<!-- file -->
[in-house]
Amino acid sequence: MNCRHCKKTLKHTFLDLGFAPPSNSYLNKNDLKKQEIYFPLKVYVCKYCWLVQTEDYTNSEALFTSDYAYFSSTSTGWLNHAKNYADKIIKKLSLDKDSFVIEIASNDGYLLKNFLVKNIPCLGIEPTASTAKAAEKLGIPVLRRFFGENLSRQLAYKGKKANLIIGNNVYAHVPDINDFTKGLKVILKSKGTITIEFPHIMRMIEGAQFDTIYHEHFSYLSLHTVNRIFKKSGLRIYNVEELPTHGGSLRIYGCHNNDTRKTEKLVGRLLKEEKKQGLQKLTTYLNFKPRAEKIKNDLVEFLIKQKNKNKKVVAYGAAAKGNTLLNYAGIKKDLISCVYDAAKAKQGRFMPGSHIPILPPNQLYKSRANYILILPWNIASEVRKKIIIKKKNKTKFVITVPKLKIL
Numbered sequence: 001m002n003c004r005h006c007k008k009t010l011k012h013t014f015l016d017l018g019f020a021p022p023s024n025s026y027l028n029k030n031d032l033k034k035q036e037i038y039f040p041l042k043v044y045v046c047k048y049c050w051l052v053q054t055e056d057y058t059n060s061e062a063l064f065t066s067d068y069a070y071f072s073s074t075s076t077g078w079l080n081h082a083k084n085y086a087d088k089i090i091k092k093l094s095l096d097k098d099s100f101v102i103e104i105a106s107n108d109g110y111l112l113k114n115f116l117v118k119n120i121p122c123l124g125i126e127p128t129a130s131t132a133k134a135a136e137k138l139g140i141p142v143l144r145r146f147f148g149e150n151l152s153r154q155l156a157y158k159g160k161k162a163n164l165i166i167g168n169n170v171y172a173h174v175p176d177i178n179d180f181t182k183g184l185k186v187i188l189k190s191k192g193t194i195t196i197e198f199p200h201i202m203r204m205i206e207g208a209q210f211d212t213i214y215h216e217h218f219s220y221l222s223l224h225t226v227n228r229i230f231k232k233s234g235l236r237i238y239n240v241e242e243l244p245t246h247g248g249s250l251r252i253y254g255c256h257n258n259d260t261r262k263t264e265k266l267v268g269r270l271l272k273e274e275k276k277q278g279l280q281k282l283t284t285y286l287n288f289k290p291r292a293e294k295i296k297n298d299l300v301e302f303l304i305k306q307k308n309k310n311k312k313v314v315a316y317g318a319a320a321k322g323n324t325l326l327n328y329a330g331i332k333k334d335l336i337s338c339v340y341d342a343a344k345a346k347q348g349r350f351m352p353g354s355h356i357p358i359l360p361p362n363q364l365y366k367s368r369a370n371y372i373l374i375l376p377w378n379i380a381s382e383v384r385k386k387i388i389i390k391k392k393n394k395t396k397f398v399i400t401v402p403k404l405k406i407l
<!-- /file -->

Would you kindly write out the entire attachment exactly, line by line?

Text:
[in-house]
Amino acid sequence: MNCRHCKKTLKHTFLDLGFAPPSNSYLNKNDLKKQEIYFPLKVYVCKYCWLVQTEDYTNSEALFTSDYAYFSSTSTGWLNHAKNYADKIIKKLSLDKDSFVIEIASNDGYLLKNFLVKNIPCLGIEPTASTAKAAEKLGIPVLRRFFGENLSRQLAYKGKKANLIIGNNVYAHVPDINDFTKGLKVILKSKGTITIEFPHIMRMIEGAQFDTIYHEHFSYLSLHTVNRIFKKSGLRIYNVEELPTHGGSLRIYGCHNNDTRKTEKLVGRLLKEEKKQGLQKLTTYLNFKPRAEKIKNDLVEFLIKQKNKNKKVVAYGAAAKGNTLLNYAGIKKDLISCVYDAAKAKQGRFMPGSHIPILPPNQLYKSRANYILILPWNIASEVRKKIIIKKKNKTKFVITVPKLKIL
Numbered sequence: 001m002n003c004r005h006c007k008k009t010l011k012h013t014f015l016d017l018g019f020a021p022p023s024n025s026y027l028n029k030n031d032l033k034k035q036e037i038y039f040p041l042k043v044y045v046c047k048y049c050w051l052v053q054t055e056d057y058t059n060s061e062a063l064f065t066s067d068y069a070y071f072s073s074t075s076t077g078w079l080n081h082a083k084n085y086a087d088k089i090i091k092k093l094s095l096d097k098d099s100f101v102i103e104i105a106s107n108d109g110y111l112l113k114n115f116l117v118k119n120i121p122c123l124g125i126e127p128t129a130s131t132a133k134a135a136e137k138l139g140i141p142v143l144r145r146f147f148g149e150n151l152s153r154q155l156a157y158k159g160k161k162a163n164l165i166i167g168n169n170v171y172a173h174v175p176d177i178n179d180f181t182k183g184l185k186v187i188l189k190s191k192g193t194i195t196i197e198f199p200h201i202m203r204m205i206e207g208a209q210f211d212t213i214y215h216e217h218f219s220y221l222s223l224h225t226v227n228r229i230f231k232k233s234g235l236r237i238y239n240v241e242e243l244p245t246h247g248g249s250l251r252i253y254g255c256h257n258n259d260t261r262k263t264e265k266l267v268g269r270l271l272k273e274e275k276k277q278g279l280q281k282l283t284t285y286l287n288f289k290p291r292a293e294k295i296k297n298d299l300v301e302f303l304i305k306q307k308n309k310n311k312k313v314v315a316y317g318a319a320a321k322g323n324t325l326l327n328y329a330g331i332k333k334d335l336i337s338c339v340y341d342a343a344k345a346k347q348g349r350f351m352p353g354s355h356i357p358i359l360p361p362n363q364l365y366k367s368r369a370n371y372i373l374i375l376p377w378n379i380a381s382e383v384r385k386k387i388i389i390k391k392k393n394k395t396k397f398v399i400t401v402p403k404l405k406i407l